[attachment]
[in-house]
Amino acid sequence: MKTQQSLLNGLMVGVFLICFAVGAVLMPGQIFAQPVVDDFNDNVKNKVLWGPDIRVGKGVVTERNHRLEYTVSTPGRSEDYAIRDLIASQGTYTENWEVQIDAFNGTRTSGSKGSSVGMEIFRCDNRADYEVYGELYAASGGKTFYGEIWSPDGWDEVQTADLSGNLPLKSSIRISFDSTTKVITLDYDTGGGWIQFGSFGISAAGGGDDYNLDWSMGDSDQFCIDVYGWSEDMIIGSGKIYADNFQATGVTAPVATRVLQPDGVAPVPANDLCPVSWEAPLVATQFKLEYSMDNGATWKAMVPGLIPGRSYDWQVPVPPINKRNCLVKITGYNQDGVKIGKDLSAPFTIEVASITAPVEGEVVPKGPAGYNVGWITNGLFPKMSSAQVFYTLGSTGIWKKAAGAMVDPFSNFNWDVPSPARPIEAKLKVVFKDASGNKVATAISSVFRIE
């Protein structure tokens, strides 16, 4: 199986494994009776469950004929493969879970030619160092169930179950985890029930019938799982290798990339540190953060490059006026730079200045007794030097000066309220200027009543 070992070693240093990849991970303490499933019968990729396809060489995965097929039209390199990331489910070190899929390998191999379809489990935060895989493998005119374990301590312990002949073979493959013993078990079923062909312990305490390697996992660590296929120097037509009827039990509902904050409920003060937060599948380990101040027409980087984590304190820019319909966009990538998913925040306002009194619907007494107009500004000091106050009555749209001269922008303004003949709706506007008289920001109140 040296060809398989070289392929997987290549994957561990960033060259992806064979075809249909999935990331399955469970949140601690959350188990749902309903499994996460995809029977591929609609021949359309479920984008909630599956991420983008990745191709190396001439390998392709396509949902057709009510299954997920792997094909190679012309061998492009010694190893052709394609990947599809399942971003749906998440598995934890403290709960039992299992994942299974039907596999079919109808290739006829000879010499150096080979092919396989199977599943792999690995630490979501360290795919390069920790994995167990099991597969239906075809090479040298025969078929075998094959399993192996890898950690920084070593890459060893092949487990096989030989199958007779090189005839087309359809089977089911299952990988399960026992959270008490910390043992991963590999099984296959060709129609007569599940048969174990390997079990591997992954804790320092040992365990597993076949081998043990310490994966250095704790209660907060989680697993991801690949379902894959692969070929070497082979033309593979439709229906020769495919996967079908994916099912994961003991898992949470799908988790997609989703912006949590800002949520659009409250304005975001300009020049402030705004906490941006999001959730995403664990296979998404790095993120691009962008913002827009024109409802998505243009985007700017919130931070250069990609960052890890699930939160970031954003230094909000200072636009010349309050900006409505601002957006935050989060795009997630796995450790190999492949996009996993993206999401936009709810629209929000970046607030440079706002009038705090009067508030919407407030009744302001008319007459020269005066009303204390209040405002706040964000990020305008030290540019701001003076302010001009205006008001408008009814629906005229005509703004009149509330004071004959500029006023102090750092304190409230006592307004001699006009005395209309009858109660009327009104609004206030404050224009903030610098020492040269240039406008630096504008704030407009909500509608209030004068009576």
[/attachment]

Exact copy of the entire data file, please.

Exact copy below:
[in-house]
Amino acid sequence: MKTQQSLLNGLMVGVFLICFAVGAVLMPGQIFAQPVVDDFNDNVKNKVLWGPDIRVGKGVVTERNHRLEYTVSTPGRSEDYAIRDLIASQGTYTENWEVQIDAFNGTRTSGSKGSSVGMEIFRCDNRADYEVYGELYAASGGKTFYGEIWSPDGWDEVQTADLSGNLPLKSSIRISFDSTTKVITLDYDTGGGWIQFGSFGISAAGGGDDYNLDWSMGDSDQFCIDVYGWSEDMIIGSGKIYADNFQATGVTAPVATRVLQPDGVAPVPANDLCPVSWEAPLVATQFKLEYSMDNGATWKAMVPGLIPGRSYDWQVPVPPINKRNCLVKITGYNQDGVKIGKDLSAPFTIEVASITAPVEGEVVPKGPAGYNVGWITNGLFPKMSSAQVFYTLGSTGIWKKAAGAMVDPFSNFNWDVPSPARPIEAKLKVVFKDASGNKVATAISSVFRIE
């Protein structure tokens, strides 16, 4: 199986494994009776469950004929493969879970030619160092169930179950985890029930019938799982290798990339540190953060490059006026730079200045007794030097000066309220200027009543 070992070693240093990849991970303490499933019968990729396809060489995965097929039209390199990331489910070190899929390998191999379809489990935060895989493998005119374990301590312990002949073979493959013993078990079923062909312990305490390697996992660590296929120097037509009827039990509902904050409920003060937060599948380990101040027409980087984590304190820019319909966009990538998913925040306002009194619907007494107009500004000091106050009555749209001269922008303004003949709706506007008289920001109140 040296060809398989070289392929997987290549994957561990960033060259992806064979075809249909999935990331399955469970949140601690959350188990749902309903499994996460995809029977591929609609021949359309479920984008909630599956991420983008990745191709190396001439390998392709396509949902057709009510299954997920792997094909190679012309061998492009010694190893052709394609990947599809399942971003749906998440598995934890403290709960039992299992994942299974039907596999079919109808290739006829000879010499150096080979092919396989199977599943792999690995630490979501360290795919390069920790994995167990099991597969239906075809090479040298025969078929075998094959399993192996890898950690920084070593890459060893092949487990096989030989199958007779090189005839087309359809089977089911299952990988399960026992959270008490910390043992991963590999099984296959060709129609007569599940048969174990390997079990591997992954804790320092040992365990597993076949081998043990310490994966250095704790209660907060989680697993991801690949379902894959692969070929070497082979033309593979439709229906020769495919996967079908994916099912994961003991898992949470799908988790997609989703912006949590800002949520659009409250304005975001300009020049402030705004906490941006999001959730995403664990296979998404790095993120691009962008913002827009024109409802998505243009985007700017919130931070250069990609960052890890699930939160970031954003230094909000200072636009010349309050900006409505601002957006935050989060795009997630796995450790190999492949996009996993993206999401936009709810629209929000970046607030440079706002009038705090009067508030919407407030009744302001008319007459020269005066009303204390209040405002706040964000990020305008030290540019701001003076302010001009205006008001408008009814629906005229005509703004009149509330004071004959500029006023102090750092304190409230006592307004001699006009005395209309009858109660009327009104609004206030404050224009903030610098020492040269240039406008630096504008704030407009909500509608209030004068009576």